Aluminium is a valuable commodity and can be a lucrative source of revenue for those companies and organisations that choose to collect it. It is lightweight and versatile and around 43 million tonnes of it are produced world wide each year of which 30% is made from secondary production or recycled Aluminium. It easy an easy metal to recycle and can be recycled indefinitely without any loss of quality to the Aluminium itself. It therefore makes a lot of sense both economically and environmentally to recycle as much Aluminium as possible. Five Good Reasons for recycling Aluminium: • Recycling Aluminium uses only 5% of the energy it takes to produce new Aluminium • Using recycled Aluminium reduces CO2 emissions and air pollution • It reduces the need to mine the raw materials required to make the metal such as Bauxite • It is a relatively simple process that can be repeated over and over and that doesn’t compromise the quality of the Aluminium • It reduces the amount of Aluminium ending up in landfill Basically, recycling Aluminium is quick and effective and if we take a common household item like drinks cans for example, when recycled they can be back on supermarket shelves within six weeks of collection. Around 75% of all drinks cans sold in the UK are made of Aluminium and despite the fact that they are 100% recyclable, around 3 billion drinks cans still ended up in landfill in 2001 according to Waste Online.
This is simply a complete waste of a valuable resource and although recycling rates are on the increase, there is still a lot of Aluminium not being recycled so why is this? The main barrier to recycling Aluminium is simply in the collection of it. Collecting aluminium packaging for example can be problematic as it is very light and there’s lots of it and as it is made from different alloys, it must be separated from Aluminium drinks cans. Getting into the habit of collecting, sorting and recycling your Aluminium packaging is one thing that you as an individual can do to help protect the planets resources, save energy and can even earn you cash. Recycling Aluminium Cans The Aluminium used to make cans is different from Aluminium foil packaging so must often be collected separately.
Find out what your local recycling depot requires, for example, do they collect cans and packaging together or must they be sorted first? One simple way of testing whether your can is made of Aluminium or Steel is to place a magnet next to it, if it sticks, it is not Aluminium. There are also numerous ‘cash for cans’ schemes operating throughout the country so find out where your nearest one is and deposit your cans there or donate them to charity so that they can raise much needed funds. As much as 45p per kilo can be paid out for sorted cans, this equates to approximately 60 cans. Recycling Aluminium Packaging The types of Aluminium packaging you can collect that is suitable for recycling includes: • Milk bottle tops • Yoghurt lids • Baking and Freezing Trays • Kitchen Foil • Cigarette Foil • Chocolate Wrappers To check whether a wrapping is made from Aluminium or not just crush it up in your hand, if it bounces back (like crisps packets) then it is not able to be recycled. Some centres will accept Aluminium foil for cash and will often pay up to 30p per kilo for clean foil.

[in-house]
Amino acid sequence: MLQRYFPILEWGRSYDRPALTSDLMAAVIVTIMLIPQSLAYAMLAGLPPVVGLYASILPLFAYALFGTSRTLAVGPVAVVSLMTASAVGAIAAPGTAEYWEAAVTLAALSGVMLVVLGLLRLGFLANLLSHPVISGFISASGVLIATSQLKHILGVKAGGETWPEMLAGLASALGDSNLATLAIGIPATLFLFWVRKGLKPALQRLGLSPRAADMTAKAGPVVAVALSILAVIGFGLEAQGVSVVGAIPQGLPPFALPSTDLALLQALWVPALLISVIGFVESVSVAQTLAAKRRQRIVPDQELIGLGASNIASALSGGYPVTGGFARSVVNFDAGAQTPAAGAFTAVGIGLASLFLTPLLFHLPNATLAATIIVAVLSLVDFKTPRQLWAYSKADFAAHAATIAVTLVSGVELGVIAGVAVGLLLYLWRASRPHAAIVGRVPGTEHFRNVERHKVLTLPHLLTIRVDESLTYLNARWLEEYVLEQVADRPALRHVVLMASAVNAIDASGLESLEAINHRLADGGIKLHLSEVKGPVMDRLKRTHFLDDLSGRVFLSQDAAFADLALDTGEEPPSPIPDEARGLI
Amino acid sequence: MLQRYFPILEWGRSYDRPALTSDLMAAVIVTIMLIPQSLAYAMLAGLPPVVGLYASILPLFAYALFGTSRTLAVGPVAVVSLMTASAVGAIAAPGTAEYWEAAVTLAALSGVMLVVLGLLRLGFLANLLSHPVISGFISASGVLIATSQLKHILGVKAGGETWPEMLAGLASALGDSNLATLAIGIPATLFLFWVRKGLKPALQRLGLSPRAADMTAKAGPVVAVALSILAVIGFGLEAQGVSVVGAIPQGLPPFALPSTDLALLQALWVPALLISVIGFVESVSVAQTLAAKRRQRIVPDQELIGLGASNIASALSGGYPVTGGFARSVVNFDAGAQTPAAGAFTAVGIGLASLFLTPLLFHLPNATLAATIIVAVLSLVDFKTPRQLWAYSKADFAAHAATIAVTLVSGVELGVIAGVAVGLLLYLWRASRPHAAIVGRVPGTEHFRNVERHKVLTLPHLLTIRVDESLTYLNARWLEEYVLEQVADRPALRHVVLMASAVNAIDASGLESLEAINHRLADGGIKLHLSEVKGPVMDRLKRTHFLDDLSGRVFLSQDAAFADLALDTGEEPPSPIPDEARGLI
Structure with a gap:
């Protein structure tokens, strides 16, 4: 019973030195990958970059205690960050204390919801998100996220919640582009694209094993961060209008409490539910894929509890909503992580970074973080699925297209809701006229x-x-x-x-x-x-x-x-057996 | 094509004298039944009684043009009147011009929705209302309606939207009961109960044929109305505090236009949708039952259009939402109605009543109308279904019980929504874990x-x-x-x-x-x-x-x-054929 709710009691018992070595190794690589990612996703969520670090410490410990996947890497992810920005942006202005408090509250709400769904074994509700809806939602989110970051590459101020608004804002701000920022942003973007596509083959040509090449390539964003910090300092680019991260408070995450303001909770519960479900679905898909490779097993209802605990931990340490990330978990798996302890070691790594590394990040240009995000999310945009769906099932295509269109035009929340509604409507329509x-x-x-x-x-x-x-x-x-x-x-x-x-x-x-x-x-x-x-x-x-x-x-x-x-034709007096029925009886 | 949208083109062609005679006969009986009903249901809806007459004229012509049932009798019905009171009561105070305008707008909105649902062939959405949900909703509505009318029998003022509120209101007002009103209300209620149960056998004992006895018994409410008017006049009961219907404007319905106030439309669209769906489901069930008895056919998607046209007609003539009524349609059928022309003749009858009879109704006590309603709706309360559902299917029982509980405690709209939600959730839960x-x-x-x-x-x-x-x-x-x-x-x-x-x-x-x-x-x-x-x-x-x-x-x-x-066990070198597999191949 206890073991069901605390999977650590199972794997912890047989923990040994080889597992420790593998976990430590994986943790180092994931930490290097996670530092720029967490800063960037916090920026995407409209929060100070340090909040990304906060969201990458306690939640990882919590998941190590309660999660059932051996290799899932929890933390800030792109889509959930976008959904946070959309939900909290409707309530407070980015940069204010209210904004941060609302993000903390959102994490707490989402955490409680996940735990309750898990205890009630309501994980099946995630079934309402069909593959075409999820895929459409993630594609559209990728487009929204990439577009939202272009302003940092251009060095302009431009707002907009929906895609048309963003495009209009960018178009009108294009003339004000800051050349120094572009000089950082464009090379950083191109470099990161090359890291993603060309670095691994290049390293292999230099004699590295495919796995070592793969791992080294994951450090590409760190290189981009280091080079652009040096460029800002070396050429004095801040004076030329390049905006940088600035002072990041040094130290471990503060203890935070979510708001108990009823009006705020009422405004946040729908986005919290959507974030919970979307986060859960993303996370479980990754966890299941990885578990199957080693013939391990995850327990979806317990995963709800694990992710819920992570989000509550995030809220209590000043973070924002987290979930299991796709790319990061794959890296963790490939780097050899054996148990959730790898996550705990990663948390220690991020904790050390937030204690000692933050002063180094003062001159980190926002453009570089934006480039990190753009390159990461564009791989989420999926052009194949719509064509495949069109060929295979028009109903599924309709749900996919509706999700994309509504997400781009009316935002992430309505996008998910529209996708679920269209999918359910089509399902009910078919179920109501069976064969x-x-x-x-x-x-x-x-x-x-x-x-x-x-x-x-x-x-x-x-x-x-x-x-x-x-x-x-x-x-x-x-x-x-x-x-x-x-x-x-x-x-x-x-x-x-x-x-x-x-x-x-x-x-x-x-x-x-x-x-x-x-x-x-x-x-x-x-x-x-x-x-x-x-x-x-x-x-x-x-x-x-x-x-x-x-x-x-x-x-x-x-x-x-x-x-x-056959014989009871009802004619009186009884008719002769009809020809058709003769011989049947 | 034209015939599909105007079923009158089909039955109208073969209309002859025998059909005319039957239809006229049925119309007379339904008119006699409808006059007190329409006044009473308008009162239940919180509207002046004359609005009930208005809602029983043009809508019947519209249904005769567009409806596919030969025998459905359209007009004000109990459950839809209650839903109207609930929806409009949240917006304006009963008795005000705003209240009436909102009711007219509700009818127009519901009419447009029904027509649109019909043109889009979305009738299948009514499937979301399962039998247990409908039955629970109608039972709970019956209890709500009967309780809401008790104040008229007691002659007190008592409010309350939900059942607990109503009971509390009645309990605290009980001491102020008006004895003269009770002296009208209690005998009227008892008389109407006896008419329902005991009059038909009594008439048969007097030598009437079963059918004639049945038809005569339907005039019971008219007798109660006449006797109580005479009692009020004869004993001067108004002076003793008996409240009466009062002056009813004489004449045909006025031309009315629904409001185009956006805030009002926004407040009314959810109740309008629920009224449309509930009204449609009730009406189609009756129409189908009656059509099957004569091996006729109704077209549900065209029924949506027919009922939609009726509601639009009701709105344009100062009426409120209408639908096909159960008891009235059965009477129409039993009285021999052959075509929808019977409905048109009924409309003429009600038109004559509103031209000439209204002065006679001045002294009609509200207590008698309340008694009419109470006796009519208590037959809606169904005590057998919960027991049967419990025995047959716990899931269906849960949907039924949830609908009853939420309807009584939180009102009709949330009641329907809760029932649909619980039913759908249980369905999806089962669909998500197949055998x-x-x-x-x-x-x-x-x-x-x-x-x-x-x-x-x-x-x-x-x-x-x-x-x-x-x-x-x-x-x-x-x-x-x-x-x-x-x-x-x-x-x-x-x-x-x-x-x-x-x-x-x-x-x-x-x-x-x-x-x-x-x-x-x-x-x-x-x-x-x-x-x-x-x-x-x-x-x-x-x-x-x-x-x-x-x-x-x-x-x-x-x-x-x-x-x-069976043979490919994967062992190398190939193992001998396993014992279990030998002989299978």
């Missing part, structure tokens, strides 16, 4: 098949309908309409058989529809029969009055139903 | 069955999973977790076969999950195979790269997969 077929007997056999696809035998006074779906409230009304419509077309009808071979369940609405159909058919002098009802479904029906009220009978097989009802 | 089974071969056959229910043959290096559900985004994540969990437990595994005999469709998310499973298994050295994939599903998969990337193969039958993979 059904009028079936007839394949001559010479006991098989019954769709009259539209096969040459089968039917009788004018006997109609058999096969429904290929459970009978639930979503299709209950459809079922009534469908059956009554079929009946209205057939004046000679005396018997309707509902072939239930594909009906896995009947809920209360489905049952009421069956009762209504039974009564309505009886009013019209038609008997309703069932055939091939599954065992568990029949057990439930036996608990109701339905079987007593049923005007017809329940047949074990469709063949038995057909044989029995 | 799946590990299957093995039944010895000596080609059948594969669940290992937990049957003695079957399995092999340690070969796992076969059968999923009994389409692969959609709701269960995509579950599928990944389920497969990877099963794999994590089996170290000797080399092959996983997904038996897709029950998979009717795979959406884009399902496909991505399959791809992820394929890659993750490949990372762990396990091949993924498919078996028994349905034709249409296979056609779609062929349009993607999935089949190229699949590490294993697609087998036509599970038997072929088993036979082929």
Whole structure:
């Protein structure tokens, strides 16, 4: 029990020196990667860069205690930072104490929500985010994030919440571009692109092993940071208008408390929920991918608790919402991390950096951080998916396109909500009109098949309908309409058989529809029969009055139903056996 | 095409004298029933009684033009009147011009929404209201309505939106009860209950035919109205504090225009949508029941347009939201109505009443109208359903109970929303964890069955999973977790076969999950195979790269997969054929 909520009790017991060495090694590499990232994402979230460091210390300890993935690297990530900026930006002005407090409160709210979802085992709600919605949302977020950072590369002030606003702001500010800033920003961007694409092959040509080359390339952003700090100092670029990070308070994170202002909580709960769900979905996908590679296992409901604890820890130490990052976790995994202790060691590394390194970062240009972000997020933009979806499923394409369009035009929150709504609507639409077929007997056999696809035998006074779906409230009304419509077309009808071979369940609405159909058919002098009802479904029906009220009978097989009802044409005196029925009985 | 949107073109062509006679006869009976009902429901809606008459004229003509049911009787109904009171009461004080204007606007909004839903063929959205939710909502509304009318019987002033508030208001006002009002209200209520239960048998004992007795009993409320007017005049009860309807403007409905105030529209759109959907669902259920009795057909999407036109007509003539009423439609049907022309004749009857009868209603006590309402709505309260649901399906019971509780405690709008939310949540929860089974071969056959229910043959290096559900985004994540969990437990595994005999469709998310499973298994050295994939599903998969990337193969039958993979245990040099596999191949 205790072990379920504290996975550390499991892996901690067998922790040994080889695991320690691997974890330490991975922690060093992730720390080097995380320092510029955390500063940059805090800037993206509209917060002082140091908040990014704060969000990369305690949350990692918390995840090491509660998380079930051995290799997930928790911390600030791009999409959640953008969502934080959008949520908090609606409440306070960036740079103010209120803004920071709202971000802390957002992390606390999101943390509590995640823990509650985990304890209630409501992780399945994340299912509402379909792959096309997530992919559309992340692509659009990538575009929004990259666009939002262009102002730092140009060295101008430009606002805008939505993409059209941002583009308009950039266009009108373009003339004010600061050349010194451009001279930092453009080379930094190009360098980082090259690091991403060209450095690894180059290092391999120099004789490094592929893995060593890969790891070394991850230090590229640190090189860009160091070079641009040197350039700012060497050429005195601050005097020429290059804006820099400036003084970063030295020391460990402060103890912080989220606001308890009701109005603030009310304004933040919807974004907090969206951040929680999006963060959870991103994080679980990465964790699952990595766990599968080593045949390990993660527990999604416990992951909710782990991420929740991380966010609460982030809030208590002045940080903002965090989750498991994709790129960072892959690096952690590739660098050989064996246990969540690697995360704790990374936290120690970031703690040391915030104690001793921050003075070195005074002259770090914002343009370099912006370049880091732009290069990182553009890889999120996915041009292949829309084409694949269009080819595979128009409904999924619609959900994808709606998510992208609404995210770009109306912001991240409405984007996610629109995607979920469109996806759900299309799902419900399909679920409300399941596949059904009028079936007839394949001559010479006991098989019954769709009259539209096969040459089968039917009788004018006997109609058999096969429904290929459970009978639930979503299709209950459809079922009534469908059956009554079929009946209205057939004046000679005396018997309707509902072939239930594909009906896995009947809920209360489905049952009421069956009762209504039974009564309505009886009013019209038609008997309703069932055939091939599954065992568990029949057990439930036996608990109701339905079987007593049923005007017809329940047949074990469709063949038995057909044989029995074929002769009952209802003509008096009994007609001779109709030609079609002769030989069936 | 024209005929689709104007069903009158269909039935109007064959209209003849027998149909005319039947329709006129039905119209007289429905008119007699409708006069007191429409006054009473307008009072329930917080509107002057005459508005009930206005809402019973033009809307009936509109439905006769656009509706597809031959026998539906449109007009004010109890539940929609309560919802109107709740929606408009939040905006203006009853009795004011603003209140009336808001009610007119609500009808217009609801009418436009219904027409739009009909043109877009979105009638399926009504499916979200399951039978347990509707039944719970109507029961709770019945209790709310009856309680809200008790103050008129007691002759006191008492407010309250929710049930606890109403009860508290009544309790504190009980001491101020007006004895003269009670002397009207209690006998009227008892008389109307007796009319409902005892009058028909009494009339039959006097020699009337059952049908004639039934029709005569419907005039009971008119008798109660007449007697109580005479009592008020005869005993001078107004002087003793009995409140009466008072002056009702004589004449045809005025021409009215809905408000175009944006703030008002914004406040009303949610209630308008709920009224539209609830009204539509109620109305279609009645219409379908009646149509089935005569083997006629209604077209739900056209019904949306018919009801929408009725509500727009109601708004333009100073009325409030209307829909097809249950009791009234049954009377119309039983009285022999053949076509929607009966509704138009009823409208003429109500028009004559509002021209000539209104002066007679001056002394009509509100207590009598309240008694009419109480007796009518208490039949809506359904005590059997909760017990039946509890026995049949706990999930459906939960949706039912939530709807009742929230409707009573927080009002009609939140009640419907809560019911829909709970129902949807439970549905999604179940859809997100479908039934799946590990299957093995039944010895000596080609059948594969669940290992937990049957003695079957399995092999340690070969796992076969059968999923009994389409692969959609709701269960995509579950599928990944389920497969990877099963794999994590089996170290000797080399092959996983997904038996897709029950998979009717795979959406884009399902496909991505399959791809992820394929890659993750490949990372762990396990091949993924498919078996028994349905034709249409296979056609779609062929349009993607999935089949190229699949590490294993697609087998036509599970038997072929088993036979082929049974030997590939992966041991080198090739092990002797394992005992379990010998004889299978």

Recycling Aluminium Aerosol Cans Local authorities and other recycling depots will sometimes accept aluminium aerosol cans if they are completely empty, however, it is best to check first so that you can meet their requirements. More information For more information on where to recycle your Aluminium cans and packaging or where the nearest cash for cans centre is, contact Alupro at www.alupro.org.uk.
The role of Alupro (The Aluminium Packaging Recycling Organisation) is to educate the public and make sure that packaging waste recycling targets are met and they work with local authorities and other partners to do this, they also work with the Government on policy issues. If in the USA, you can find out more links to sites dealing with recycling Aluminium by contacting the Aluminium Association at www.aluminium.org.
Dave McEvoy writes for Value Skips UK , a waste management company offering skip hire services, information and waste disposal advice.
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